CHS Group Leads Vigil to End Violence against Women
Friday night, a group from Charlottesville took a stand against the abuse of women.
Dozens from the community joined a group of Charlottesville High School students at a candlelight vigil to raise awareness about women targeted by violence. Statistically, one in three women will be a victim of sexual violence.
"When we saw that statistic we all decided we needed to stop and needed to organize you can't hear a statistic like that and then do nothing," said teacher Gene Osborn.
The high school's Amnesty International group organized the "We Are the Line" vigil. It marched along the downtown mall to help put a stop to violence against women of all ages.
"It's not just older women; it's really young people, all genders, of all races who stand up and say ‘this is something we really need to stop,'" said student Amelia Thompson.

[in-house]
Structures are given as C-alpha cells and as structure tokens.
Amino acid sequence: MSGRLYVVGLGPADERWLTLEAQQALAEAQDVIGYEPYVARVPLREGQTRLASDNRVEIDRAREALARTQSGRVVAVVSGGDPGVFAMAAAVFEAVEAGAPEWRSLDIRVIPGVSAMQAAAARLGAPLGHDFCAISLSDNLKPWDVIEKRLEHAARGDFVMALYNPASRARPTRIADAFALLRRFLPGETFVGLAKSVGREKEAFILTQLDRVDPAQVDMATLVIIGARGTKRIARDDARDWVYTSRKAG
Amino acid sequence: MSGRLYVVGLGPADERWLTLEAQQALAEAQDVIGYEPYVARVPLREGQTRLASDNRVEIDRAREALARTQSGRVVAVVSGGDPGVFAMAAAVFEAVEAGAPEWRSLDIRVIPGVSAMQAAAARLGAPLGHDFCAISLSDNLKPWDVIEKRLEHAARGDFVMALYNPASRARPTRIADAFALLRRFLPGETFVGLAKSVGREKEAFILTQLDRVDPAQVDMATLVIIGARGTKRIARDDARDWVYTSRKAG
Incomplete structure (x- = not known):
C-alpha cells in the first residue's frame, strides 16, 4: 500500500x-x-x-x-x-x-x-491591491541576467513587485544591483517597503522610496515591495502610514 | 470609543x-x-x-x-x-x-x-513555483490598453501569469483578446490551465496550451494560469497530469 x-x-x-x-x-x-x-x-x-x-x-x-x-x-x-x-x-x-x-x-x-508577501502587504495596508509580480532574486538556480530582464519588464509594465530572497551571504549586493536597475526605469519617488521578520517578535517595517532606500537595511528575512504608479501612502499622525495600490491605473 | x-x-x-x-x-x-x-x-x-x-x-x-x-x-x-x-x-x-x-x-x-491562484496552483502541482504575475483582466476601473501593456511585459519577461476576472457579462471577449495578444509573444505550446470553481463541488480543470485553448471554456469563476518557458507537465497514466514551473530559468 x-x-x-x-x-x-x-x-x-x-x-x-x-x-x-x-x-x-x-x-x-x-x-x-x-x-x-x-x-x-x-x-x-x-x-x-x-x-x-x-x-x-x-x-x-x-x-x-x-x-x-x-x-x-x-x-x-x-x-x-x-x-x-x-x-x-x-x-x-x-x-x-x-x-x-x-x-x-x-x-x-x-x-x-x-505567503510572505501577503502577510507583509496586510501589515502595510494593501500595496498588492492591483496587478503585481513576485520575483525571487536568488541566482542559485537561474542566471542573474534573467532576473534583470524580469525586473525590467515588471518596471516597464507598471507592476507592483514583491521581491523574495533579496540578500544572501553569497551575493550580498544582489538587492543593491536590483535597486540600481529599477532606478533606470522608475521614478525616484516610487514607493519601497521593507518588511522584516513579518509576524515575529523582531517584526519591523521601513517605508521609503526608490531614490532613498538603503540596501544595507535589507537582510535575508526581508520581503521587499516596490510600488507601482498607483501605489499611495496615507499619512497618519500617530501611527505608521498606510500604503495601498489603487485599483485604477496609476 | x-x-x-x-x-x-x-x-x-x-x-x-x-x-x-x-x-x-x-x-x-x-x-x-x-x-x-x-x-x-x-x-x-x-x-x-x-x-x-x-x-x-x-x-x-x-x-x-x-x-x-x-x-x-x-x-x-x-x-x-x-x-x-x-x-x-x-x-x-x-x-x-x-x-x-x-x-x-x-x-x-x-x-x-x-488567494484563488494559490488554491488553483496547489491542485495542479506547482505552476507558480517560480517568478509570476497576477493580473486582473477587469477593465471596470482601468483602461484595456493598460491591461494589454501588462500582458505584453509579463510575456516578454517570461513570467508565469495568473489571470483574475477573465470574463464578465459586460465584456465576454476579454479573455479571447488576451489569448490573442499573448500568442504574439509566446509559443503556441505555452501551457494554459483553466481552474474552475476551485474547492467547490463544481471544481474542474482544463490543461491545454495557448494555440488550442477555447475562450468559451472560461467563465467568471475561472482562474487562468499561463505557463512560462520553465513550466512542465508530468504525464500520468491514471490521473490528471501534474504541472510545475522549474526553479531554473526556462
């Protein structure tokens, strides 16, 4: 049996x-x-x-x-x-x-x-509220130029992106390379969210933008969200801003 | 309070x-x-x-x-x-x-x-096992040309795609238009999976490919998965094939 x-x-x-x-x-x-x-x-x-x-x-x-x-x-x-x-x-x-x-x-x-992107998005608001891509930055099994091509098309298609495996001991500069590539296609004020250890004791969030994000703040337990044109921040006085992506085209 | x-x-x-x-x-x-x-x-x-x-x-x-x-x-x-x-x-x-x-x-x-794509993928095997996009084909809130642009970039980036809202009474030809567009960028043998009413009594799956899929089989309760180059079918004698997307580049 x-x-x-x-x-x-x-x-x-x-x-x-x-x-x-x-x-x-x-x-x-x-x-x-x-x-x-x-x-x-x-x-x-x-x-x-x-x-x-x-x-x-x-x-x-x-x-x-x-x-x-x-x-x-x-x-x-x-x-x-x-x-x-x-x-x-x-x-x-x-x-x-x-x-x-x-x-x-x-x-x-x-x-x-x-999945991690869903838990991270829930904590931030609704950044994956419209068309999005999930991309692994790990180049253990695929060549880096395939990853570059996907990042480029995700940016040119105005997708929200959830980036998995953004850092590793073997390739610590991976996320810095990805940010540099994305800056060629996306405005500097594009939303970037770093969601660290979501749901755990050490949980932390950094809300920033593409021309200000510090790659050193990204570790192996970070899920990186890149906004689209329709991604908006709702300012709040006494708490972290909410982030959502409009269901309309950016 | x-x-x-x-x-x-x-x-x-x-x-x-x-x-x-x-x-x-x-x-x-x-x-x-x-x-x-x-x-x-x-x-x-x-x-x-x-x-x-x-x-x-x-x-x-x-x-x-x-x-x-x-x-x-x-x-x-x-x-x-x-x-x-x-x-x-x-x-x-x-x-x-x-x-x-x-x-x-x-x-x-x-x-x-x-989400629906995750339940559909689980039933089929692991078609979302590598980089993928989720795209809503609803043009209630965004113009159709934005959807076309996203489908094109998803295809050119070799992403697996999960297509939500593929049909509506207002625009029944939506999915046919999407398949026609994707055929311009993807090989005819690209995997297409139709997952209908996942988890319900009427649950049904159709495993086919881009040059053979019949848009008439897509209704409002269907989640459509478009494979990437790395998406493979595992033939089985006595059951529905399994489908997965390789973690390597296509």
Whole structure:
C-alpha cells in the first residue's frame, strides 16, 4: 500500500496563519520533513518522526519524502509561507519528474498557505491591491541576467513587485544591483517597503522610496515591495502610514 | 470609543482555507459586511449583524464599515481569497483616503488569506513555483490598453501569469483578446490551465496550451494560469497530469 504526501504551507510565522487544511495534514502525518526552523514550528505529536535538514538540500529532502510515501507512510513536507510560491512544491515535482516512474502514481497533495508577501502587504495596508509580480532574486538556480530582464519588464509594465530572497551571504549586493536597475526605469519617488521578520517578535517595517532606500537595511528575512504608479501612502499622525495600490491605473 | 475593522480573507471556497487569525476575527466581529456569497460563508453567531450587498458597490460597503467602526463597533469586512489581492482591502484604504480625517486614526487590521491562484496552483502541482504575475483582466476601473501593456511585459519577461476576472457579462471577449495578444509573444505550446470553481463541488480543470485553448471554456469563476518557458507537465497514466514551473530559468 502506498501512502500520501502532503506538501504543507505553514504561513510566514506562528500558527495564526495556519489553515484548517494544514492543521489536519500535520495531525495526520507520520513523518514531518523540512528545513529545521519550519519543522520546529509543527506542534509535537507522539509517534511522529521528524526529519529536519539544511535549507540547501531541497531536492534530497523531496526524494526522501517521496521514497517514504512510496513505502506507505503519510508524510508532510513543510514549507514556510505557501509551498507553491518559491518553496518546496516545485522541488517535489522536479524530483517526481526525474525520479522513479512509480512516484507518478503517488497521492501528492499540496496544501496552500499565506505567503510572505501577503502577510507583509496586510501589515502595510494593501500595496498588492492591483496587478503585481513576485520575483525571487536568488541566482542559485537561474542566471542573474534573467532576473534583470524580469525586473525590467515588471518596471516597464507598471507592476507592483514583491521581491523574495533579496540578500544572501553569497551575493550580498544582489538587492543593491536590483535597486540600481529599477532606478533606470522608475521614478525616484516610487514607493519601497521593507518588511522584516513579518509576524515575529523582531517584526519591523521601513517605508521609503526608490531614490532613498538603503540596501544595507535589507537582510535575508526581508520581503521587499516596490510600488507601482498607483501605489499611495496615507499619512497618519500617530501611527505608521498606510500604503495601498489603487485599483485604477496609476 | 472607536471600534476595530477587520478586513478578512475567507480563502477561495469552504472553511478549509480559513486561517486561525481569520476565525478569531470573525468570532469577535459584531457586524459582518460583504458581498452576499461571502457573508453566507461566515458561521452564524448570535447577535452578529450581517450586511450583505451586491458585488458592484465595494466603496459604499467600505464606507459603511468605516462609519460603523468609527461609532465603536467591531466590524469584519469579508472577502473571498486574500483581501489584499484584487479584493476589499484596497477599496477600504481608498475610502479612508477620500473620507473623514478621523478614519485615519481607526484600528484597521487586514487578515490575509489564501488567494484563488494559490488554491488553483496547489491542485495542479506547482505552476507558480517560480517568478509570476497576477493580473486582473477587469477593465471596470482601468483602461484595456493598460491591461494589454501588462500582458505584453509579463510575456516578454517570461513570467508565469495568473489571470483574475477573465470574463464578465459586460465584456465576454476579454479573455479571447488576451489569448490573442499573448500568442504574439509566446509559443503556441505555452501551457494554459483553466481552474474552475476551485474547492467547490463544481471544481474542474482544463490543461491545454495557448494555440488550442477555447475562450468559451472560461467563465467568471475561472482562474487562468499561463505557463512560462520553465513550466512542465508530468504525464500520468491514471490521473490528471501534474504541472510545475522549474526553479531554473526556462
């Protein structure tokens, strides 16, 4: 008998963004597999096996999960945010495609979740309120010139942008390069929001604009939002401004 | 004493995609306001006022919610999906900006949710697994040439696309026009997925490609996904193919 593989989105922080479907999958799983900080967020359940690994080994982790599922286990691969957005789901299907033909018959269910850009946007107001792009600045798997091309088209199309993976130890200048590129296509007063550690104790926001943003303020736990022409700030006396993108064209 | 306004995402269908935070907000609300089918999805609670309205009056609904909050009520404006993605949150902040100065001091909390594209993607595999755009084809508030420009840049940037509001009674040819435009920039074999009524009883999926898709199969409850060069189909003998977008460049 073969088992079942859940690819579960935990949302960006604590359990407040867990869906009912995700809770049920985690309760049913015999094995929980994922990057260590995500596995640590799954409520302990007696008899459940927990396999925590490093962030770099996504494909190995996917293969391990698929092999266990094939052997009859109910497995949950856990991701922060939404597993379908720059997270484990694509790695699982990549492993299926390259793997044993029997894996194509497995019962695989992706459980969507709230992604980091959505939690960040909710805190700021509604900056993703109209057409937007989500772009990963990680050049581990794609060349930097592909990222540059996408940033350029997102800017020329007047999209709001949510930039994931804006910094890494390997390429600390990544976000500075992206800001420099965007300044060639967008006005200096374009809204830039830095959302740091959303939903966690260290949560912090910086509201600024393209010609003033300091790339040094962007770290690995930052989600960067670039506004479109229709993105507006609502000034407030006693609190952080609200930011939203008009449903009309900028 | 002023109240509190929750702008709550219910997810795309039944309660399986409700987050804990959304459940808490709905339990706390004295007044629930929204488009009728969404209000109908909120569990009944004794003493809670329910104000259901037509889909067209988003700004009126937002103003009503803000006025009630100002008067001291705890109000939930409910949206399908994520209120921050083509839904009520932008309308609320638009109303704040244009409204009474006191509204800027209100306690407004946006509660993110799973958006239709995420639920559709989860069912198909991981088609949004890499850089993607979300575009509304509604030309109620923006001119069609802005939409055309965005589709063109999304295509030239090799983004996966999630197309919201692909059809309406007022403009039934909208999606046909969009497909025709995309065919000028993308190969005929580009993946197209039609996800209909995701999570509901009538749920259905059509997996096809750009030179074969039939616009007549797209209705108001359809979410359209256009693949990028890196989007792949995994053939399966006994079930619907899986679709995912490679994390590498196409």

The young members aren't letting age stop them from being heard.
"I think when people in power see that kids and young people find such a value, it's really much more powerful," Thompson said.
Even gender didn't stand in the way.
"These are teenage boys and a lot of teenage boys aren't expected to have such empathy and such conviction but they're as upset about this cause and they're as motivated as the girls are," Osborn said.
One-hundred candles lined the ground, representing over a billion victims abused. People shared stories, poems and even songs about abuse, all with hopes to make a change.
"I as a man or as a guy can make a difference so I just wanted to do what I can," said student Chris Hays.
The group says Friday night is just a small step in the fight of violence against women. It hopes to launch the "We Are the Line" vigil all across the country.
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